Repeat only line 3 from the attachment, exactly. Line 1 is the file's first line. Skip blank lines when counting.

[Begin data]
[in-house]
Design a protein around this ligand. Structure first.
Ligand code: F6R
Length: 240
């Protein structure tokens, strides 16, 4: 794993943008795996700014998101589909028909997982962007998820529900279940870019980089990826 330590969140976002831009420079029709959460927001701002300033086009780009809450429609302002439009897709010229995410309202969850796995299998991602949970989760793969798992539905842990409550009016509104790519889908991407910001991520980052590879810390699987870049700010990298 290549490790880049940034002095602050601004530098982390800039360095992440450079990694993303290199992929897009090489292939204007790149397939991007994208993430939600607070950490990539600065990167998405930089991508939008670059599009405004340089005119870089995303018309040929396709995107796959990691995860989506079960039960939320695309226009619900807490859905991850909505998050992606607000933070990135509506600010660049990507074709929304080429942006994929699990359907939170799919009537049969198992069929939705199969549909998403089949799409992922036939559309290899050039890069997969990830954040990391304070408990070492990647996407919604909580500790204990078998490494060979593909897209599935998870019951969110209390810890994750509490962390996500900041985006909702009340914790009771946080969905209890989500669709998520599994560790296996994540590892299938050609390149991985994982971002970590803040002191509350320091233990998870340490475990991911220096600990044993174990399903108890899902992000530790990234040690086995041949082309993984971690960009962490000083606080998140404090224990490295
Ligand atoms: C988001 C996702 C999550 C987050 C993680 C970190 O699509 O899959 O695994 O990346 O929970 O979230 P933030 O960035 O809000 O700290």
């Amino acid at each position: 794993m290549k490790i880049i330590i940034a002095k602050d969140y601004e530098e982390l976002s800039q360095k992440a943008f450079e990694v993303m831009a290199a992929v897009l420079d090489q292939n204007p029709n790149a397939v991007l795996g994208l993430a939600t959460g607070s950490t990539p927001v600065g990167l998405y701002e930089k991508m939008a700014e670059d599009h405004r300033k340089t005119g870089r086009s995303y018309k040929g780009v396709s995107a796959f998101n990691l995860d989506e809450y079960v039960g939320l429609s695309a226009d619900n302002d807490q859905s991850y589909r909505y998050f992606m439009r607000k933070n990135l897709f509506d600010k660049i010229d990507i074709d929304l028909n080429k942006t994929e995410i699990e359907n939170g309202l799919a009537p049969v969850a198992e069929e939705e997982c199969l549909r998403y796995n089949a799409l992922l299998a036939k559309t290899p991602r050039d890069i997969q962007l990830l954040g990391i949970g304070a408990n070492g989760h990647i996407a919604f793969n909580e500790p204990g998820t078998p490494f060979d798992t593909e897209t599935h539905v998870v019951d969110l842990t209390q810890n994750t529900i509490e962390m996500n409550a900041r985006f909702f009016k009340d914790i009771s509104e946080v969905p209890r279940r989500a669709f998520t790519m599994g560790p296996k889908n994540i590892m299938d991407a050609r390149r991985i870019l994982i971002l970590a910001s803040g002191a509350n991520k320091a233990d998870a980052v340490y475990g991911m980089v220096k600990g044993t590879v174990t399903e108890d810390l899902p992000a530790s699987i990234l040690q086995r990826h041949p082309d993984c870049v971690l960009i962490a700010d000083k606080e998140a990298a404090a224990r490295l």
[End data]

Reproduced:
Ligand code: F6R